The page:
This 102-Carat Diamond Just Broke Online Sales Records

And it’s still being considered a bargain.

By Paige Reddinger 06/10/2020

Sotheby’s just made a major diamond sale and it was purchase by a bidder over the phone. The sale proves that, even in these turbulent times, collectors are still willing to shell out millions for high-quality gemstones.

The house sold a 102.39-carat D colour flawless diamond sold for approx. $21.3 million in a single-lot auction in Hong Kong on Monday. It was offered without reserve, meaning the gem went to the highest bidder regardless of the amount of the bid or actual value of the stone.

To date, this is only the eighth D colour internally flawless or flawless white diamond over 100 carats to have been sold at auction since 1990, marking the sixth sold by Sotheby’s. But the highest-priced diamond of this variety still goes to Christie’s for a 163.41-carat diamond sold in 2017 in Geneva for approx. $46.8 million. Nevertheless, selling a 102.39-carat D flawless diamond in the midst of a global pandemic for over $21.3 million is no small feat.

The diamond, which was discovered two years ago, comes from the Victor Mine in Ontario, Canada. It was cut by Diacore, a leading specialist in sourcing, cutting and polishing diamonds. In the rough, the stone weighed 271 carats and it took over a year to cut and polish the piece to its current form. The Victor Mine opened in 2008 and is DeBeers’s second diamond mine in Canada; it ceased production in 2019. This is the most magnificent stone to come from its earthy coffer.

The buyer, of course, is anonymous, but the individual now has an immensely valuable asset that is small enough to fit in a pocket and worth as much as President Obama’s sprawling 650-sqm Martha’s Vineyard retreat. According to Sotheby’s, the buyer reportedly named the diamond “Maiko Star” after his second daughter. Just last year at another Sotheby’s Hong Kong sale, the same collector bought an 88.2-carat D flawless diamond for his eldest daughter for around $19 million, naming it “Manami Star.” The egg-shaped diamonds are two very sizable nests for the girls that will likely only grow with time. It’s just another sign that wealthy and investment savvy collectors are looking to park their money outside of the volatile stock market and into portable, high-value safe-haven assets for the vault.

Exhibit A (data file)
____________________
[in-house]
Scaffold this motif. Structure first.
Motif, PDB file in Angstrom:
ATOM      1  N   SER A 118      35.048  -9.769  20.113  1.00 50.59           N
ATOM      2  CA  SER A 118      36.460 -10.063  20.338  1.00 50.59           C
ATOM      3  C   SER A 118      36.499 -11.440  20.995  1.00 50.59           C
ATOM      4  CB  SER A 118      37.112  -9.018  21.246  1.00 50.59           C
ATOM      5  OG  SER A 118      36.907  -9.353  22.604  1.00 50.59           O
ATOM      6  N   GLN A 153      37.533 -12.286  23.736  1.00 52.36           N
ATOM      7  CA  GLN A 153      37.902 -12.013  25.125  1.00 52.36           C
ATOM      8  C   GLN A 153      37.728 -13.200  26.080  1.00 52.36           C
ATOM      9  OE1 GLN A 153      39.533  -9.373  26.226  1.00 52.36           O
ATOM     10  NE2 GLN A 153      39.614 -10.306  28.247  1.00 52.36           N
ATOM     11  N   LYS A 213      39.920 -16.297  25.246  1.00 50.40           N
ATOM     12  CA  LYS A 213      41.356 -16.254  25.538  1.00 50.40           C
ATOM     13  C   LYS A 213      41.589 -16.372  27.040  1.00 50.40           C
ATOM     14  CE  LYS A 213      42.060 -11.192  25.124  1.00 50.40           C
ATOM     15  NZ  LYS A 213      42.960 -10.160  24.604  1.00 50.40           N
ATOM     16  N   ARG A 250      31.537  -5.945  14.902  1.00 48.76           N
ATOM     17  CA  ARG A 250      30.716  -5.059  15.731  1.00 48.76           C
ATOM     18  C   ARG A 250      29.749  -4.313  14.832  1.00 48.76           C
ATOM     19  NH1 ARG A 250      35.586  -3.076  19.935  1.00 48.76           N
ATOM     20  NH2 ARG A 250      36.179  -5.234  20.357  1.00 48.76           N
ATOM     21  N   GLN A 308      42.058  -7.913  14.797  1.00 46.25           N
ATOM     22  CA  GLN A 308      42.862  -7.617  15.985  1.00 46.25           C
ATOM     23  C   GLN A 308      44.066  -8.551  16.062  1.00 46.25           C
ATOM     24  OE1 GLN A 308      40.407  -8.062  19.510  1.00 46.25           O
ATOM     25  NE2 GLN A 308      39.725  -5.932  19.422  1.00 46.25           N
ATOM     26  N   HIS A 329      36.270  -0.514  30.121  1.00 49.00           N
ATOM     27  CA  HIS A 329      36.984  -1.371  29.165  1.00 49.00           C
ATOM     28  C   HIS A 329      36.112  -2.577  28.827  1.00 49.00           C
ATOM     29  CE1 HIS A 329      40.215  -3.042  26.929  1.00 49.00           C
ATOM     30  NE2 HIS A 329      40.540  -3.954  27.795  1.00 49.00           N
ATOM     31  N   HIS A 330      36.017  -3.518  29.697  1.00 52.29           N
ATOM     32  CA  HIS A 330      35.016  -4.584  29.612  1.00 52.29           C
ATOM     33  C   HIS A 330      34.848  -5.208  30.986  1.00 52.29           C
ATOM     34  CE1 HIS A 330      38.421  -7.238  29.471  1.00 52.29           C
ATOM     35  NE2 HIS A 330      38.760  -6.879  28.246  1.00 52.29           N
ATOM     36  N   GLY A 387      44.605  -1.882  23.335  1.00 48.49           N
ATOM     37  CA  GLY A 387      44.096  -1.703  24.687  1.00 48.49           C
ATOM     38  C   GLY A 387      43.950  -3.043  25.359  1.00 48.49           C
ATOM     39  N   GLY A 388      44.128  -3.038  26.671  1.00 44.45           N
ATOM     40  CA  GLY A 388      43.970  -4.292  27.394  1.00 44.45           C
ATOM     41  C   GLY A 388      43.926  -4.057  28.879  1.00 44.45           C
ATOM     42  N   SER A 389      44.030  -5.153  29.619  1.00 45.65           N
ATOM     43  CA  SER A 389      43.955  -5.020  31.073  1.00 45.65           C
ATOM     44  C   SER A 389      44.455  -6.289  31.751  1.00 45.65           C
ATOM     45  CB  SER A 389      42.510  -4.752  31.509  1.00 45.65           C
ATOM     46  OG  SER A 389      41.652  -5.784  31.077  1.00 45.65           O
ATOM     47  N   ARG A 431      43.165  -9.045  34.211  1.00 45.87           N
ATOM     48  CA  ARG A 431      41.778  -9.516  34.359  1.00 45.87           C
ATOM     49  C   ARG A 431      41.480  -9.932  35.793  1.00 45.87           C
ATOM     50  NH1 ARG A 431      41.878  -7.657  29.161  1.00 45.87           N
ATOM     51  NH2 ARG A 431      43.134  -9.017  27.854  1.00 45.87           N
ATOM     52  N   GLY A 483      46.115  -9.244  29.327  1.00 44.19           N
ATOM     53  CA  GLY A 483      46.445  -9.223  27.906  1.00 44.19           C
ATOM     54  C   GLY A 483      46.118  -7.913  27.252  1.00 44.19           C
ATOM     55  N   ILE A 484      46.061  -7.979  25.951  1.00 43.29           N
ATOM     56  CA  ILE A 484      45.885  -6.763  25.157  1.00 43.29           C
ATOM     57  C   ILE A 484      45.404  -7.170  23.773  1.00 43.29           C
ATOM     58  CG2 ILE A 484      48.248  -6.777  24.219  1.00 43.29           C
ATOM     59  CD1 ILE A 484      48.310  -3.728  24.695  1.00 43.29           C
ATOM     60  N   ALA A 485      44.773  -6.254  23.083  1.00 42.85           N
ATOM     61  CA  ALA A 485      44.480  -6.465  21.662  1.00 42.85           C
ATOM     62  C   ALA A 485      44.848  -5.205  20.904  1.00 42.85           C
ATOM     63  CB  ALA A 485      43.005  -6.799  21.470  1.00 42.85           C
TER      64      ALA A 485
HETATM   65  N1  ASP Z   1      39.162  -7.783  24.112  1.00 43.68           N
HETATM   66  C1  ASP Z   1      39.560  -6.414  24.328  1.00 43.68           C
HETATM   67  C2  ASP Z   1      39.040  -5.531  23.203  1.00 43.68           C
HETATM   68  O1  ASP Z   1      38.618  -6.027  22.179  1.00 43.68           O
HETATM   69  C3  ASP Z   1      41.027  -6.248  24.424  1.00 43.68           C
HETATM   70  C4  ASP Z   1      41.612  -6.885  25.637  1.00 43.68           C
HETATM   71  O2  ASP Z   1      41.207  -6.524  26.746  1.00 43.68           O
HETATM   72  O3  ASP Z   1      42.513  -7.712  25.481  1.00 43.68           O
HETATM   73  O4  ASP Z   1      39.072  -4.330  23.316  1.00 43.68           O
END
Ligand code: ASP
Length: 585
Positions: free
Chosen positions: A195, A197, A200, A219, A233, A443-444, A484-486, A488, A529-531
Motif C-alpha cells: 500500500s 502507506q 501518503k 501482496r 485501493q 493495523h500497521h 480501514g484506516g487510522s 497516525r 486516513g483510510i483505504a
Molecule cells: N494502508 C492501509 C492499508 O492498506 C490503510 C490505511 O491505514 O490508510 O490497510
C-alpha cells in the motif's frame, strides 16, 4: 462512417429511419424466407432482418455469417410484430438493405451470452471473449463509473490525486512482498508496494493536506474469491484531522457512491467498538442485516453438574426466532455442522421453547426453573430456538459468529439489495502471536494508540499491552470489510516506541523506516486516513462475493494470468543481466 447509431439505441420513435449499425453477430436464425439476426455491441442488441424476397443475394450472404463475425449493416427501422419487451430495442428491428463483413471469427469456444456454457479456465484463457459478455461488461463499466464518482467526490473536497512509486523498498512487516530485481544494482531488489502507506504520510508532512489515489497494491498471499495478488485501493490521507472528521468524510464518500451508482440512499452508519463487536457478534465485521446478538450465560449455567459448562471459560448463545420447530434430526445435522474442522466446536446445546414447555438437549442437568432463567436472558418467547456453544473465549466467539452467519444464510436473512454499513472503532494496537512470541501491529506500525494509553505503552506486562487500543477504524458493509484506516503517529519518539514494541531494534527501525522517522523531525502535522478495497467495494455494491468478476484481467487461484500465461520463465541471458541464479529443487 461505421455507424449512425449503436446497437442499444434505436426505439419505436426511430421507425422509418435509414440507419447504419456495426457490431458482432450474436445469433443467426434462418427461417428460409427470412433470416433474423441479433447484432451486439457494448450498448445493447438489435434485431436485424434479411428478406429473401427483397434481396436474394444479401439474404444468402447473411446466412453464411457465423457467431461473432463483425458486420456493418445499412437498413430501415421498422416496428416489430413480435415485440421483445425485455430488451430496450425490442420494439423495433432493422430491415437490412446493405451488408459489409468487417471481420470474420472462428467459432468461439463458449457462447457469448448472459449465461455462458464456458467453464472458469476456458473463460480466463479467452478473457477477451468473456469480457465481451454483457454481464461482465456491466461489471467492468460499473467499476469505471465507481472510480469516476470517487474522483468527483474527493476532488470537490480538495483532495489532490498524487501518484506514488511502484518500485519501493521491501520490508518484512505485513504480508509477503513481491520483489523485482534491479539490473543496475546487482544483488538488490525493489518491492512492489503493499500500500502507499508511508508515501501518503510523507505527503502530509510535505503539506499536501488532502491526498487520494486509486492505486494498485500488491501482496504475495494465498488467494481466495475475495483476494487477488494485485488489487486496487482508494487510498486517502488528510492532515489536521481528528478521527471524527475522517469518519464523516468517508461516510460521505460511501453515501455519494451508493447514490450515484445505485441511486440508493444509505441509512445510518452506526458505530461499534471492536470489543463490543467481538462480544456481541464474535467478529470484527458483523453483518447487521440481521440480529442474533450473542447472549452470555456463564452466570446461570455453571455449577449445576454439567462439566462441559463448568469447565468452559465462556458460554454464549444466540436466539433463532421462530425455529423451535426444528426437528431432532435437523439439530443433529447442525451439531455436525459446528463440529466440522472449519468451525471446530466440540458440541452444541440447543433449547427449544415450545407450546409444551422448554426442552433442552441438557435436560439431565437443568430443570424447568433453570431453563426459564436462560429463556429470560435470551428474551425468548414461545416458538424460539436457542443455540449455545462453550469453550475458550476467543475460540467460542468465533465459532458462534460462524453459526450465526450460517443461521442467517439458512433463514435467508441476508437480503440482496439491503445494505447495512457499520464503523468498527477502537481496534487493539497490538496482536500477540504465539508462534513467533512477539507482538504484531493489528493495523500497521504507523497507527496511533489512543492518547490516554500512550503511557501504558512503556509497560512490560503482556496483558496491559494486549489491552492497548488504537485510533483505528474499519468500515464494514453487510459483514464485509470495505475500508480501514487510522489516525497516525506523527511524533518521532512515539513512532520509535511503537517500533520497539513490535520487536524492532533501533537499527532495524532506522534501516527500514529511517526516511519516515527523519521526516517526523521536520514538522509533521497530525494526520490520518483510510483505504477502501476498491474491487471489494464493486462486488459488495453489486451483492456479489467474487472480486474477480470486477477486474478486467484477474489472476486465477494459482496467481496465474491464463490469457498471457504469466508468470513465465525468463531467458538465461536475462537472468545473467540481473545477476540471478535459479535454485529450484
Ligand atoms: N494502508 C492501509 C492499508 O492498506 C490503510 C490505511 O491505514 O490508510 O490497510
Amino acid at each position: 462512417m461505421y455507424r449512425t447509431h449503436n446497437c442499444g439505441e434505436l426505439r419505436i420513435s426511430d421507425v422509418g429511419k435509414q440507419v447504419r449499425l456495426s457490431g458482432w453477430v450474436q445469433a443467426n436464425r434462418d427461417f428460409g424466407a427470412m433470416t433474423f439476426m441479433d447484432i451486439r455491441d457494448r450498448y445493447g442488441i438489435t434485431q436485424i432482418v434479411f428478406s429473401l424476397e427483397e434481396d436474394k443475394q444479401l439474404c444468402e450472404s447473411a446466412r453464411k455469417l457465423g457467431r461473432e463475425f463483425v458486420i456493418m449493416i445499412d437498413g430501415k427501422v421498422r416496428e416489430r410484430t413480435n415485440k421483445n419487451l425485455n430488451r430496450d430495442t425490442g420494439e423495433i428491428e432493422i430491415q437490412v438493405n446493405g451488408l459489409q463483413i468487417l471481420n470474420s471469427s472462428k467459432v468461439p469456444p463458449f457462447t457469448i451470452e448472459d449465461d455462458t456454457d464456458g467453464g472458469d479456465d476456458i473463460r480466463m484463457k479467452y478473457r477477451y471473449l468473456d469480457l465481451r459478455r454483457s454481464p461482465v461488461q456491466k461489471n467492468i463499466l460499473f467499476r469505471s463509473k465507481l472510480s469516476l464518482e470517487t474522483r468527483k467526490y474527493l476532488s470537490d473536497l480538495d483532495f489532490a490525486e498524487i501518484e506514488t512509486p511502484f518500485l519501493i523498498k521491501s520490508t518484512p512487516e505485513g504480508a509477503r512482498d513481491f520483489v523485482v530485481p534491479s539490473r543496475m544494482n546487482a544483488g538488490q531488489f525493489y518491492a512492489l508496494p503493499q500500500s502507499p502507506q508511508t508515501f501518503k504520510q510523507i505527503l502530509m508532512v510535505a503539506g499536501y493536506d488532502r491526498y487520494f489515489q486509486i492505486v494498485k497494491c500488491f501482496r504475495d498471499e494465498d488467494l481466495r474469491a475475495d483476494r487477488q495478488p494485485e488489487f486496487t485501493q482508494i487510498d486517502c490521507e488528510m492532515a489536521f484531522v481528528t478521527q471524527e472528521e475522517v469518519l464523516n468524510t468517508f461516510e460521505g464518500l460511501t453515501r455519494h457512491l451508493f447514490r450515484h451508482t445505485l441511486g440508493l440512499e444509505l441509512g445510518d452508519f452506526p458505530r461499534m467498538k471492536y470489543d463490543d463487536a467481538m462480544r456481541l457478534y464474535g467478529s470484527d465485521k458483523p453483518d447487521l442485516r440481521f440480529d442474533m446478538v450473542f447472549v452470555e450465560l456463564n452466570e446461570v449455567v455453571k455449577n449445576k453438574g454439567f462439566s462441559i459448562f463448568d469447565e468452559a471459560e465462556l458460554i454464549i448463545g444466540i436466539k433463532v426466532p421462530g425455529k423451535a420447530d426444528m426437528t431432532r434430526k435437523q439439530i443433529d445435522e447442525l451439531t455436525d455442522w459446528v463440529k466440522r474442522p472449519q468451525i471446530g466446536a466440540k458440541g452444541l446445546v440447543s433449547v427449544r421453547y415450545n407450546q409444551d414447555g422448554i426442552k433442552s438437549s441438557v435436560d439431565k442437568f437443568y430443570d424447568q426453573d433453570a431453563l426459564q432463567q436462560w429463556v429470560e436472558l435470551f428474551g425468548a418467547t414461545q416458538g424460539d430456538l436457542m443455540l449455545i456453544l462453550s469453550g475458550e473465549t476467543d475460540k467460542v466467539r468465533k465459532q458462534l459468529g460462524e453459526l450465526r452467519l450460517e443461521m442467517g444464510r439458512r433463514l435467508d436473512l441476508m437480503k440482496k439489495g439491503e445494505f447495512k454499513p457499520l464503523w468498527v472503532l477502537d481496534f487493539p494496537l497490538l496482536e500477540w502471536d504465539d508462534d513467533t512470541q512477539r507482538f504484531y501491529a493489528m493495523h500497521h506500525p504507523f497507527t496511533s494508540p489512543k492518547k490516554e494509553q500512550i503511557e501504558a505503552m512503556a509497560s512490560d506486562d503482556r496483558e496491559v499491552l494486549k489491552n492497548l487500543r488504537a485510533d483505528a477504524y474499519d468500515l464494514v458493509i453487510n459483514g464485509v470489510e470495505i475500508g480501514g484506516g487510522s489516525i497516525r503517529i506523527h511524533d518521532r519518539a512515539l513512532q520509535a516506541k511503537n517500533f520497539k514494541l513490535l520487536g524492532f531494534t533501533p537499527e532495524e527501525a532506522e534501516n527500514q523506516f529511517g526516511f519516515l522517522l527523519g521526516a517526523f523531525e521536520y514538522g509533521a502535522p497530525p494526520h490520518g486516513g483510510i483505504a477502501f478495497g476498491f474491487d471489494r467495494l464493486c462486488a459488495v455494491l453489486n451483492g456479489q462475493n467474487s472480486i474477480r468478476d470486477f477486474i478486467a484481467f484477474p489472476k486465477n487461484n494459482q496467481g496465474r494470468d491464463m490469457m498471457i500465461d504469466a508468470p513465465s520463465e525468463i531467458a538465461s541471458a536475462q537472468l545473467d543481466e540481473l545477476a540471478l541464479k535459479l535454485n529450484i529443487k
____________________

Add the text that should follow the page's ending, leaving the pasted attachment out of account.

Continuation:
Subscribe to the Newsletter

Stay Connected

You may also like.

Tiffany Launches Diamond Engagement Rings—For Men

Meet The Charles Tiffany Setting, a collection targeted at a groom’s left hand.

By Carol Besler


Dior’s Next Nature-Inspired Look

The collection mixes inspirations from the environment and couture in striking stacked

By Kristen Shirley


Tiffany’s Latest High Jewellery Collection

Just look at this gem-encrusted necklace.

By Paige Reddinger


Tiffany & Co.’s 80-Carat Diamond Jewellery Design

The jewellers most expensive design features a flawless central D-color stone,

By Martin Lerma


Robb Read: Diamonds Aren’t Forever

Deep in the outback, the world’s largest diamond mine has produced the most spectacular pink stones ever unearthed. But as the last of them are extracted, what will the future hold for Argyle pinks?

By Mark Ellwood


Buy the Magazine

Subscribe to Robb Report today!

Subscribe today

Stay Connected